Hiring the right employees is challenging. Great talent helps take your organization to the next level, while a bad hire can honestly bring your company to its knees. Background checks help HR managers vet candidates to make sure they are who they represent themselves to be and that there is nothing in their backgrounds that might threaten the business’s safety and security.
From a legal perspective, background checks are considered to be consumer reports, which means they are regulated by the Federal Fair Credit and Reporting Act (FCRA). The FCRA is a federal law enacted in 1970 to help consumers resolve disputes and errors in their credit reports. It has since been expanded to include protections for other consumer reports, including background checks. Conducting FCRA compliant background checks protects consumers from having their information rights violated and protects businesses from expensive lawsuits. The following is a brief summary of how the FCRA affects pre-employment background screenings:
Safeguards for Consumers
The primary purpose for the FCRA is to provide critical safeguards for applicants undergoing background checks, including the following:
The right to be informed
- The right to provide consent
- The right to review their information
- The right to correct errors in the background report
- The right to appeal decisions
Rules for Employers
FCRA rules apply to employers using background reports and third-party agencies, Consumer Reporting Agencies (CRAs), that provide the reports. FCRA compliance means that the employer and the CRA adhere to all transparency and accuracy requirements outlined in the FCRA.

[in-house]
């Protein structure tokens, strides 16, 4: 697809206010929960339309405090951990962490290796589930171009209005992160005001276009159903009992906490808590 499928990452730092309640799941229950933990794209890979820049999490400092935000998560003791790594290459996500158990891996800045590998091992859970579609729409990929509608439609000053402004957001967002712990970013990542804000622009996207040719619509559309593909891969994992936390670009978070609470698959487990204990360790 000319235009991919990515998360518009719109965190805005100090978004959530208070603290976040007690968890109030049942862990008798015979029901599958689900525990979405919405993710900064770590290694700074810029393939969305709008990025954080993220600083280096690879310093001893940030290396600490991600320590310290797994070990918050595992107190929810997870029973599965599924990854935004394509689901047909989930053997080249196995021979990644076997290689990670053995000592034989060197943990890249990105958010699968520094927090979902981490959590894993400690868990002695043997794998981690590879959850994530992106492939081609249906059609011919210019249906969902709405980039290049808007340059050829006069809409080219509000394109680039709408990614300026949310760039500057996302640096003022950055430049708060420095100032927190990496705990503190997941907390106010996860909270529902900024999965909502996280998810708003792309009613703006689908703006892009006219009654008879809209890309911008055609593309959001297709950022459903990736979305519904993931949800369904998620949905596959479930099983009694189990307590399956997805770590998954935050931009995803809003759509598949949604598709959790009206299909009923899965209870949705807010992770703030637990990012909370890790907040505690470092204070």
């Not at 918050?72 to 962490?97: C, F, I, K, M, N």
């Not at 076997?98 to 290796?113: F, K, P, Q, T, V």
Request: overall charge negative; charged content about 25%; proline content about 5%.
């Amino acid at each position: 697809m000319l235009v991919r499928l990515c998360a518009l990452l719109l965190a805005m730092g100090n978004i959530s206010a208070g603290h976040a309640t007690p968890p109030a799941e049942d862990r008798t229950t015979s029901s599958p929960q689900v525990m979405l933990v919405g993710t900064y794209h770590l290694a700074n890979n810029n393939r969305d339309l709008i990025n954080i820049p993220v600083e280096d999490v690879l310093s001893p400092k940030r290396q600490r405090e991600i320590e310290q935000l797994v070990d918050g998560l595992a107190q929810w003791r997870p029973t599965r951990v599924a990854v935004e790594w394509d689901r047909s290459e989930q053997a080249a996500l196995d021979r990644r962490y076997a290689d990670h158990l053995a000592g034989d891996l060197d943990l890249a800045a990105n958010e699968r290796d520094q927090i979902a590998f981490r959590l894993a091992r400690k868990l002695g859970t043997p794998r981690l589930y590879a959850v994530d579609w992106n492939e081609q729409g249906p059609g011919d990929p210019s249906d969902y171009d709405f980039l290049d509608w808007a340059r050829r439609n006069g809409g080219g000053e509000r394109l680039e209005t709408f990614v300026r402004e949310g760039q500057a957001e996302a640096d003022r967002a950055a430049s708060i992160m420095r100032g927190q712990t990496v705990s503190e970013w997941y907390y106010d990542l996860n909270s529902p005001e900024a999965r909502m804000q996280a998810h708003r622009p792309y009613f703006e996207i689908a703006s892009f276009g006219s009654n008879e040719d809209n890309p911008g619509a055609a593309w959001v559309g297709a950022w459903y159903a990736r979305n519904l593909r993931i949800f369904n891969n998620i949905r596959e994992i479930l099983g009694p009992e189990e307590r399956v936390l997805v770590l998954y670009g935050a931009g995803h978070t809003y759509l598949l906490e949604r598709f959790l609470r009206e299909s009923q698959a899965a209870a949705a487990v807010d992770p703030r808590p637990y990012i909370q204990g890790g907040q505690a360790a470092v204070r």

Each stage of the background check has its own set of requirements.
Before the check:
Employers must provide a stand-alone, written notice to the applicant. This notice explains that information obtained during the screening may be used for employment decisions. The applicant must sign a written consent.
Before taking adverse action:
If employers decide that the results of a background check disqualify the candidate for the position, the following steps must be taken:
- Provide a pre-adverse action notice
- Provide a copy of the report
- Provide a copy of “A Summary of Your Rights Under the Fair Credit Reporting Act”
- Offer a reasonable amount of time to review the report and dispute the findings if necessary
- After taking adverse action
Employers who decide to continue with the action must do the following:
- Provide a notice of intent to take an adverse action
- Provide information about the agency that compiled the report
- Indicate the individual’s right to dispute the report
- Inform the applicant that they can receive an additional free copy of their report directly from the CRA within 60 days.
Also, employers must preserve all documentation relating to the report and actions taken for one year and then dispose of the information appropriately.
FCRA-compliant screenings reduce the risk of consumer lawsuits. Learn more and protect your business with FCRA-compliant employment screenings today.